Waray language

Visayan is an adjective that refers to the people living in the Visayan region, the second largest mass of land in the Philippines.

Waray language

Thus, many native speakers of this language prefer to hide their ethnic identity outside the region by speaking another language, oftentimes Tagalog with either a heavy or queer accent.

Waray language

The ethnic label was always "Waray-waray" with stress on all syllablesto refer to both the people and the predominant language of Eastern Visayas. At least, the label stayed that way until the circas movie "Waray-waray" starring the late Nida Blanca, which became the benchmark spoof on the Leyte-Samar people and their culture.

The movie and its theme song, the title of which was grossly mispronounced by the Tagalog actors, made them the cultural scapegoats for the underside of the Filipino nature. Somehow, in recent decades, half of the two same-word label got lost or was dropped, and the word "Waray" with stress on the second syllable was appropriated to substitute for the original label.

Of course, the literal meaning of the substitute half-label is "none" or "nothing," which connotes a desperate state or condition of hopelessness.

The dropping of half the label seems to have been influenced by former First Lady Imelda Romualdez Marcos, who carped against the negative meaning of the single word and cursorily dismissed the syllabication of the original two-word label for her people and their language.

So for now, "Waray-waray" or its shortened version "Waray" is largely perceived as an embarrassing label among the schooled segment of the Leyte-Samar population.

Yet the persistence of this label somehow invites the suspicion that "Waray-waray" must have been an honorable identity and source of pride during ethnic times. I tried to look into this line of thinking and found the following: Horacio de la Costa mentioned that the revered ruler of a part of Bohol at the Spanish contact was known as "Waray Tupung" i.

This obviously Waray-waray chief probably ruled a territory that included the present towns of Bato in Leyte and Bien Unido in Bohol, whose municipal governments are still disputing over the ownership of an islet and a shoal that are sites of a multi-million seaweed farm in the Camotes Sea.

William Henry Scott mentioned about occasional raids on coastal parts of Imperial China by warriors from the Bisayas i.

Waray language

These raiders might have come from Kandaya literally, "belonging to Big Boat". Daya Big Boat seemed to be the moniker of a great Waray-waray confederate chief who once ruled over most, if not the whole, of Samar and some parts of Leyte.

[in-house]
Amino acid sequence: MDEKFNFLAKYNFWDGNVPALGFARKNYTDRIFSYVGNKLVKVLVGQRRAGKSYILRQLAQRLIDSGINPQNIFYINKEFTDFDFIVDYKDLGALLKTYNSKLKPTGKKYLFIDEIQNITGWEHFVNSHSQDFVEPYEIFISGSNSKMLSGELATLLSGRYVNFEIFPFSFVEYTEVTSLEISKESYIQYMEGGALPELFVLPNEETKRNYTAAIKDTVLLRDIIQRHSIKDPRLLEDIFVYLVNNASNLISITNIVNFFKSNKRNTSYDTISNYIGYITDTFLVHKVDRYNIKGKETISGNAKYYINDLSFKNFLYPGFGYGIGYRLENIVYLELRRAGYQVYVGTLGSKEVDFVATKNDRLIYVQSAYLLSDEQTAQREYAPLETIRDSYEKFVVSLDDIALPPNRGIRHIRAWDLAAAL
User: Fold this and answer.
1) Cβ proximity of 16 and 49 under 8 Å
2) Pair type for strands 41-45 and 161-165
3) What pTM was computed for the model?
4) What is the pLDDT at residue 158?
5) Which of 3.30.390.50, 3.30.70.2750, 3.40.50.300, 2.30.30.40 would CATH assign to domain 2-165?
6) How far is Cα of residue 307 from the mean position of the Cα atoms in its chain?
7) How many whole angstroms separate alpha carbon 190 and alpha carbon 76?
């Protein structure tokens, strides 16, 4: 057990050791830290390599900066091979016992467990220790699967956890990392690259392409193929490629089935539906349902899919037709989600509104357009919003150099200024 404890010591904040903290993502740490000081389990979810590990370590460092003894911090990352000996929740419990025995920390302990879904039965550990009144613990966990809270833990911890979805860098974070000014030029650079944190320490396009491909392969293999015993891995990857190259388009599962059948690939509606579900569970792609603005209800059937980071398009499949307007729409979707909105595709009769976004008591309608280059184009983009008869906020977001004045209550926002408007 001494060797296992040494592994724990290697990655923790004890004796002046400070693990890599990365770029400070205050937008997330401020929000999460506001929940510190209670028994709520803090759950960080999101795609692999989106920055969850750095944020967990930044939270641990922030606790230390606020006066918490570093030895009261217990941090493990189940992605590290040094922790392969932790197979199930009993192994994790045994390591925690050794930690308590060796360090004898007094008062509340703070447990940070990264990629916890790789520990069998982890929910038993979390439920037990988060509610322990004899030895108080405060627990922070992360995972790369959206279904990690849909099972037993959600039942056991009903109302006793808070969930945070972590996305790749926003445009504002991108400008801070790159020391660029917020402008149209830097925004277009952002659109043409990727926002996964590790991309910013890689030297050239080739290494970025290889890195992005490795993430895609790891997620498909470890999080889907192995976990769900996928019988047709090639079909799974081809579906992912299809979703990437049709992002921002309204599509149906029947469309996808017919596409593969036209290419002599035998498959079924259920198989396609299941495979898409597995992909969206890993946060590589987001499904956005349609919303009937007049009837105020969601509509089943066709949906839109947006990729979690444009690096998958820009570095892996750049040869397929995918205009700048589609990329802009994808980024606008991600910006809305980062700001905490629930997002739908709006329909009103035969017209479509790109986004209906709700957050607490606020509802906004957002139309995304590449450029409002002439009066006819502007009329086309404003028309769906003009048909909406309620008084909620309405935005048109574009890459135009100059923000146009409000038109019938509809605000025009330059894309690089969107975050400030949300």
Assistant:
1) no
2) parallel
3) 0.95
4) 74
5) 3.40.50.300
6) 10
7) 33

The Tagalogs, who were probable preys of Daya, presumably trivialized his name later and memorialized the word to refer to a "cheat" or "shrewd manipulator. In a paper that Fr. Bernad, SJ, published in Kinaadman journal inI hypothesized that Lapulapu might have been the chief of Bagasumbol, an ancient village in the capital town of Naval, in Biliran Province.

Bagasumbol was probably Lapulapu's "provincial" domain, while Mactan might have been his "urban" domain for trade and ethnic relations with Cebu, an international trade center during his time.

Like some part of Bohol, Mactan might have been Waray-waray territory in those years. From the above historical speculations, we can infer that the "Waray-waray" identity was associated with superior and admirable traits during ethnic times.

That we now believe the exactly opposite connotation of "Waray-waray," and seek to dissociate ourselves from the shame, may be attributed to the debasing effects of our colonial miseducation, and to the dominating intrusion of "western" and "Imperial Manila" cultures into our way of thinking.

It is time for the Waray-waray people to again take pride in their identity, to exorcise themselves of the self-inflicted shame presently associated with their ethnic label, and to strive to accentuate the positive traits of their ancestors in the 21th century context.LANGUAGE FAMILIARIZATION LINKS TABLE OF CONTENTS Arabic Chinese French German Hebrew Italian Japanese Korean Portuguese Russian Spanish Tagalog.

Resources: ABVD: Alternate Wordlist for Samar-Leyte Ethnologue Information for war OLAC Information for war World Atlas of Language Structures Information for wwy.

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Bisaya includes Cebuano, Hiligaynon or Ilonggo, Aklanon, Capiznon, Kinaray-a, Bantoanon, Romblomanon, Cuyonon, Waray, Surigaonon, Butuanon, Tausog, etc. Spoken by approximately 28 million people, the Bisaya language family has the largest number of native speakers in the Philippines.

The next two are the Tagalogs and Ilokanos. Both “Visayan” and “Cebuano” are adjectives used to describe certain ethnic people in the Philippines and the language they use to communicate.

Visayan is an adjective that refers to the people living in the Visayan region, the second largest mass of land in the Philippines.

Visayan, as a. Because leslutinsduphoenix.com has a different mission leslutinsduphoenix.com's mission is to provide tools and opportunities that translators, translation companies, and others in the language industry can use to: network, expand their businesses, improve their work, and experience added enjoyment in their professional endeavors.

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Waray language - Wikipedia